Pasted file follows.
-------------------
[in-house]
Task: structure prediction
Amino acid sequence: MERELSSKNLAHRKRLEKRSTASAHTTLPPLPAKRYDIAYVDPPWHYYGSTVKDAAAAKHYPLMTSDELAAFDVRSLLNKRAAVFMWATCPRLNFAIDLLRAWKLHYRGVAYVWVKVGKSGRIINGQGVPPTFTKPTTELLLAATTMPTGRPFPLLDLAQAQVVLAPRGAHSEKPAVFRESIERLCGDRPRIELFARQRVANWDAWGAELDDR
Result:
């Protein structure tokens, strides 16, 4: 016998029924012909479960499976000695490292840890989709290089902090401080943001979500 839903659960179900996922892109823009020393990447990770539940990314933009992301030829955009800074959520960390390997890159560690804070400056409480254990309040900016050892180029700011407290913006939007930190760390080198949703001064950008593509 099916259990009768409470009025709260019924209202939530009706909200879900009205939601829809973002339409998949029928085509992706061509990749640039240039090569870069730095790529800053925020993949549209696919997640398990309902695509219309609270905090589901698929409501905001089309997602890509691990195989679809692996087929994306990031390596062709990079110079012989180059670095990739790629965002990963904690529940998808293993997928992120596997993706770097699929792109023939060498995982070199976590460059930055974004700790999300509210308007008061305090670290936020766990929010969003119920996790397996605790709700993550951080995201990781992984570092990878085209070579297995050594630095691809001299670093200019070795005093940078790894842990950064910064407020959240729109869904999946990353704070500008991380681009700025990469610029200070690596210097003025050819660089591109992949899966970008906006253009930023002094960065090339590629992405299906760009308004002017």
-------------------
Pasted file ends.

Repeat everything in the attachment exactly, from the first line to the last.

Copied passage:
[in-house]
Task: structure prediction
Amino acid sequence: MERELSSKNLAHRKRLEKRSTASAHTTLPPLPAKRYDIAYVDPPWHYYGSTVKDAAAAKHYPLMTSDELAAFDVRSLLNKRAAVFMWATCPRLNFAIDLLRAWKLHYRGVAYVWVKVGKSGRIINGQGVPPTFTKPTTELLLAATTMPTGRPFPLLDLAQAQVVLAPRGAHSEKPAVFRESIERLCGDRPRIELFARQRVANWDAWGAELDDR
Result:
């Protein structure tokens, strides 16, 4: 016998029924012909479960499976000695490292840890989709290089902090401080943001979500 839903659960179900996922892109823009020393990447990770539940990314933009992301030829955009800074959520960390390997890159560690804070400056409480254990309040900016050892180029700011407290913006939007930190760390080198949703001064950008593509 099916259990009768409470009025709260019924209202939530009706909200879900009205939601829809973002339409998949029928085509992706061509990749640039240039090569870069730095790529800053925020993949549209696919997640398990309902695509219309609270905090589901698929409501905001089309997602890509691990195989679809692996087929994306990031390596062709990079110079012989180059670095990739790629965002990963904690529940998808293993997928992120596997993706770097699929792109023939060498995982070199976590460059930055974004700790999300509210308007008061305090670290936020766990929010969003119920996790397996605790709700993550951080995201990781992984570092990878085209070579297995050594630095691809001299670093200019070795005093940078790894842990950064910064407020959240729109869904999946990353704070500008991380681009700025990469610029200070690596210097003025050819660089591109992949899966970008906006253009930023002094960065090339590629992405299906760009308004002017």